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Old 11-12-2015, 08:12 PM   #3795
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Beverly Hillbillies wouldn't have nothing on me ,
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Old 11-13-2015, 12:15 AM   #3796
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Terry, My semi gen. was made by Double Eagle Sleeper, and it was a 10k and had no radiator, it had a pump that was run of the 3 cyl. Kobota diesel motor. It pumped the coolant up thru the truck radiator, and in the winter, kept the big motor warm, also pumped the coolant thru the heater core's front and back, so we just wired the fans up direct, so also had heat! It also had a small ford tractor alt. 60w that kept the battery's charged! So with that, it would have been easy to plumb the floor into that system, man, where were you clac'rs when I had my sleeper built?
Glad your day at the Dr. went OK! Ibuprofen for that headache!!
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Piker, hell-of-a-idea!!
Every one have a great day Rail!
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Old 11-13-2015, 07:26 AM   #3797
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Great idea Piker
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Old 11-13-2015, 07:37 AM   #3798
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Great idea Piker
Frank
Well, I don't know if it's "great" or not... but I think it would work... especially in a relatively small area like this.

I used to sell and install fancy indoor wood boiler systems a few years back, so I have a little experience with hot water and hydronics and controls. We have heated strictly with wood for the past 17 years, and for the last 5 years it's been with what's called a downdraft gasification wood boiler that comes out of Austria... just a fancy name for a very efficient solid fuel burning device. (92% - 93%) I used 2 5000 gallon propane tanks in a closed system as thermal storage. I fire the boiler once per day for like 5 hours at full output (most efficient burn) to charge these tanks, and then the rest of the radiant zones in the house sip off of the storage tanks through out the next day. This time of year we can go 2 or 3 days without firing the boiler and still stay warm... and when the power goes out for extended periods, I can run the generator for 5 hours to fire the boiler, and then run a single circulator off an inverter and RV batteries to keep us warm for the rest of the day. OF course we can recharge the rv batteries when the genny is running...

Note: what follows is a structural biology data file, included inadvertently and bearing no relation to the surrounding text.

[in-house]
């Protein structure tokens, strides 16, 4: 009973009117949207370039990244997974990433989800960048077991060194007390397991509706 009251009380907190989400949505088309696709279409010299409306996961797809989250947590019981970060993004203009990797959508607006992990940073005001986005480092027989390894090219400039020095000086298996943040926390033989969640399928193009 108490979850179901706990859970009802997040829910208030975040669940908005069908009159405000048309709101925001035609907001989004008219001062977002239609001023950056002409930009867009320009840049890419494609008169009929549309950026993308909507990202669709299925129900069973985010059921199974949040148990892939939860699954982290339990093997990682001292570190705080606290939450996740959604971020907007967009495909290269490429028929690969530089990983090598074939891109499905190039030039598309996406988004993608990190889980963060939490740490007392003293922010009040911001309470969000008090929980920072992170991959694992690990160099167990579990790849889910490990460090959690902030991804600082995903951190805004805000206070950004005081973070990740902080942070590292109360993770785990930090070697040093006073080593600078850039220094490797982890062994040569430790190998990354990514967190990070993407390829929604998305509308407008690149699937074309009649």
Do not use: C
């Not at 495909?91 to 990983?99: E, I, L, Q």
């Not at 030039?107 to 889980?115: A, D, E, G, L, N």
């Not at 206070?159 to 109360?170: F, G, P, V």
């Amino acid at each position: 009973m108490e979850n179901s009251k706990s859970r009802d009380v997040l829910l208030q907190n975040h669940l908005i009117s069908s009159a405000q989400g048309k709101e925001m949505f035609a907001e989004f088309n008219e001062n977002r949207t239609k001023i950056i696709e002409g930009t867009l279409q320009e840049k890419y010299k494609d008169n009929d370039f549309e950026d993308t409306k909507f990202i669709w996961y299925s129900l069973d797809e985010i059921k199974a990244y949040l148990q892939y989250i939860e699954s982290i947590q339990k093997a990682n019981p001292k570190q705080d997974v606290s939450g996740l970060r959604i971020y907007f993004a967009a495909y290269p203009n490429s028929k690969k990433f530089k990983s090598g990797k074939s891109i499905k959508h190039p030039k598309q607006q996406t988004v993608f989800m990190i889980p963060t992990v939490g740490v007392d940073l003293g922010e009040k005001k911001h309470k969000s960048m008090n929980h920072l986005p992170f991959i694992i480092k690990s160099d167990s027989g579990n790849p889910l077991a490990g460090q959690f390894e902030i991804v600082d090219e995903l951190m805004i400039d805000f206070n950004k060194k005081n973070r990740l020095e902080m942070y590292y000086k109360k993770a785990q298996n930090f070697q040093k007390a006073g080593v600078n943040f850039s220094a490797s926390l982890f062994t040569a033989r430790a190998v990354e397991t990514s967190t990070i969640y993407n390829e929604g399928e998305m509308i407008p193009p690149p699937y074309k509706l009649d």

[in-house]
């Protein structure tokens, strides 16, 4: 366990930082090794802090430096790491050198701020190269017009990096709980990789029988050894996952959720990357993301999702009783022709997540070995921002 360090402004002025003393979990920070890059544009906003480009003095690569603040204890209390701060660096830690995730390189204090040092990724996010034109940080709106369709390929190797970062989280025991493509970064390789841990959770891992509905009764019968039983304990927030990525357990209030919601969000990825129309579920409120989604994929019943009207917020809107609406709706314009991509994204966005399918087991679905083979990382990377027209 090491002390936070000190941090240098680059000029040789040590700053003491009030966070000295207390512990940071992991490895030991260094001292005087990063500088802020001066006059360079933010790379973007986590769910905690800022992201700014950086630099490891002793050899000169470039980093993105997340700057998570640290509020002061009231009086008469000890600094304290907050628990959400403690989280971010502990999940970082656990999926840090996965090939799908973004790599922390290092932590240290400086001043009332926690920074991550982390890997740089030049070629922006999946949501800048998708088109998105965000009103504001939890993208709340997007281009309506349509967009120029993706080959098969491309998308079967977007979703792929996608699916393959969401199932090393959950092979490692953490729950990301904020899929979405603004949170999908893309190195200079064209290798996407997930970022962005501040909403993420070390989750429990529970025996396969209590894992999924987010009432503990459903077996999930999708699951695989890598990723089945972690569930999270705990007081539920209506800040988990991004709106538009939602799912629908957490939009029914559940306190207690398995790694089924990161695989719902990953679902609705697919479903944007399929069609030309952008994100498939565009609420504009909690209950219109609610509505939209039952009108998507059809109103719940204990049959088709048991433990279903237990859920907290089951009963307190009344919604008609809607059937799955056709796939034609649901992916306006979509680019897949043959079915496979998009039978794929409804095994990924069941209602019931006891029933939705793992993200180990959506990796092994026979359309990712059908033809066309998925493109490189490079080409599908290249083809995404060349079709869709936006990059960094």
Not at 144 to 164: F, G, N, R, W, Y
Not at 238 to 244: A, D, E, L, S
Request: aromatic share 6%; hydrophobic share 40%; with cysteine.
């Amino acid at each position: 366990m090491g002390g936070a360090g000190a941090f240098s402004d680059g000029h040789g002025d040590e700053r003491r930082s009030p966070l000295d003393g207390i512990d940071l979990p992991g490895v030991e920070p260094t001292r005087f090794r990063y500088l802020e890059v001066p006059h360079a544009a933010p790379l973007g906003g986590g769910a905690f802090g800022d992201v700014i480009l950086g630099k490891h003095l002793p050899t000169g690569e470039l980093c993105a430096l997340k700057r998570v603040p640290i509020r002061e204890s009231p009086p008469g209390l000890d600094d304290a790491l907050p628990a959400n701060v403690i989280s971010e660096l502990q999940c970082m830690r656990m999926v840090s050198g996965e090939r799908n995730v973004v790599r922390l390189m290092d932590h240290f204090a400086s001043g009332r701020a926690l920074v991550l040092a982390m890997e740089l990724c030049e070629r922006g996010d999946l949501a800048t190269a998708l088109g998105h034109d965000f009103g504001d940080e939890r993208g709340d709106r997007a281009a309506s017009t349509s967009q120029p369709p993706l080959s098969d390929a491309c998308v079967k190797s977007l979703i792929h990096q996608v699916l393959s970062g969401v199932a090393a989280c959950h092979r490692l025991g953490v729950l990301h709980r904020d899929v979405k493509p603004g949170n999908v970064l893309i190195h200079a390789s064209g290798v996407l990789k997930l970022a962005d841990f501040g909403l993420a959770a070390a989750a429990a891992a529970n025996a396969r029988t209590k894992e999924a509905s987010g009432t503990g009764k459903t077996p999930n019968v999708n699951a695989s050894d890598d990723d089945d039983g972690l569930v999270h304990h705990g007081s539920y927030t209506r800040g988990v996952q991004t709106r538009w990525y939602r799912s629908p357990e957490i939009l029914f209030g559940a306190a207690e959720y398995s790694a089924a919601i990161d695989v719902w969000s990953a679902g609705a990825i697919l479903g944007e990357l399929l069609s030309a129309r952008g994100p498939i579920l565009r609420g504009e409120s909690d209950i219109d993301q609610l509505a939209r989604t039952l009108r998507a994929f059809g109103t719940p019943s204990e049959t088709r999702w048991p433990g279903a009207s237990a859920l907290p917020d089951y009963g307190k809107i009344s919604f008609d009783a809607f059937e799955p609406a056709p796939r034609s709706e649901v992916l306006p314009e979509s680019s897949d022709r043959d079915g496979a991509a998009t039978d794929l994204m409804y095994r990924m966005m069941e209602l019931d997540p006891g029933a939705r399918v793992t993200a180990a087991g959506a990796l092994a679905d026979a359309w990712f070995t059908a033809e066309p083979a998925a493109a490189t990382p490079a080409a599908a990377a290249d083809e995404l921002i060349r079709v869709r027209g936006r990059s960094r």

At any rate... these thermal storage systems can be made to thermal siphon into the house above if you plumb them right and use the right type of emitters... just made me think of applying to an rv. Of course, the extra weight of thermal storage and a wood boiler would not be practical. ... but the gravity feed certainly would.

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Old 11-13-2015, 07:53 AM   #3799
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Good Morning, Rail, that's a neat idea for your sleeper, I've seen the diesel fired heaters for sleepers, I have a heater/air conditioner unit for a condo sleeper that could be plumbed in for on the road. Frank, there's no end to the good ideas here on the forum. Piker, you've got me thinking on heating my S&B with a unit like this, we've used wood and now pellets for over 30 years here.
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Old 11-13-2015, 10:44 AM   #3800
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The ideas are coming fast and furious.